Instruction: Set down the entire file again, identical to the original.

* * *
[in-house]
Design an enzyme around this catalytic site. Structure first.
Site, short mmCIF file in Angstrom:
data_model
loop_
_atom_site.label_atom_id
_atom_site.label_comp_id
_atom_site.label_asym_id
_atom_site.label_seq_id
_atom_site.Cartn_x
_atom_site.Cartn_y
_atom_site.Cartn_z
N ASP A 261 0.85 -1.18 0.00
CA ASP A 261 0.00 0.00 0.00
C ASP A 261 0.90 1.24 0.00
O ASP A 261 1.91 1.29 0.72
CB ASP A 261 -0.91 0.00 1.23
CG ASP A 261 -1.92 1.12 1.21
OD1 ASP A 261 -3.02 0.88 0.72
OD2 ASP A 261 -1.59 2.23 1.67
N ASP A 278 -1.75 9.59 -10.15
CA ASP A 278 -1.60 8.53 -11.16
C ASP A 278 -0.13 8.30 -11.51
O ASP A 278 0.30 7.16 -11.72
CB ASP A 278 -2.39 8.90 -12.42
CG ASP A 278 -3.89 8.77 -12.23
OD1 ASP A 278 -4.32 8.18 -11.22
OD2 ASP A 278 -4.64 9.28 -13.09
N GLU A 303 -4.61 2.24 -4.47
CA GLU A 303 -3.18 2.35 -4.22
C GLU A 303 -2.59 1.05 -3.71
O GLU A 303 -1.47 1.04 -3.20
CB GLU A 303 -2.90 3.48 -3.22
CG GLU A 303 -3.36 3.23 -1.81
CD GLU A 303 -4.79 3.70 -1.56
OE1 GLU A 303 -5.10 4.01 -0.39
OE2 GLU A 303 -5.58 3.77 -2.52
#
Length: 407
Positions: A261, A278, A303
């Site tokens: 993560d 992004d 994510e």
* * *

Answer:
[in-house]
Design an enzyme around this catalytic site. Structure first.
Site, short mmCIF file in Angstrom:
data_model
loop_
_atom_site.label_atom_id
_atom_site.label_comp_id
_atom_site.label_asym_id
_atom_site.label_seq_id
_atom_site.Cartn_x
_atom_site.Cartn_y
_atom_site.Cartn_z
N ASP A 261 0.85 -1.18 0.00
CA ASP A 261 0.00 0.00 0.00
C ASP A 261 0.90 1.24 0.00
O ASP A 261 1.91 1.29 0.72
CB ASP A 261 -0.91 0.00 1.23
CG ASP A 261 -1.92 1.12 1.21
OD1 ASP A 261 -3.02 0.88 0.72
OD2 ASP A 261 -1.59 2.23 1.67
N ASP A 278 -1.75 9.59 -10.15
CA ASP A 278 -1.60 8.53 -11.16
C ASP A 278 -0.13 8.30 -11.51
O ASP A 278 0.30 7.16 -11.72
CB ASP A 278 -2.39 8.90 -12.42
CG ASP A 278 -3.89 8.77 -12.23
OD1 ASP A 278 -4.32 8.18 -11.22
OD2 ASP A 278 -4.64 9.28 -13.09
N GLU A 303 -4.61 2.24 -4.47
CA GLU A 303 -3.18 2.35 -4.22
C GLU A 303 -2.59 1.05 -3.71
O GLU A 303 -1.47 1.04 -3.20
CB GLU A 303 -2.90 3.48 -3.22
CG GLU A 303 -3.36 3.23 -1.81
CD GLU A 303 -4.79 3.70 -1.56
OE1 GLU A 303 -5.10 4.01 -0.39
OE2 GLU A 303 -5.58 3.77 -2.52
#
Length: 407
Positions: A261, A278, A303
């Site tokens: 993560d 992004d 994510e």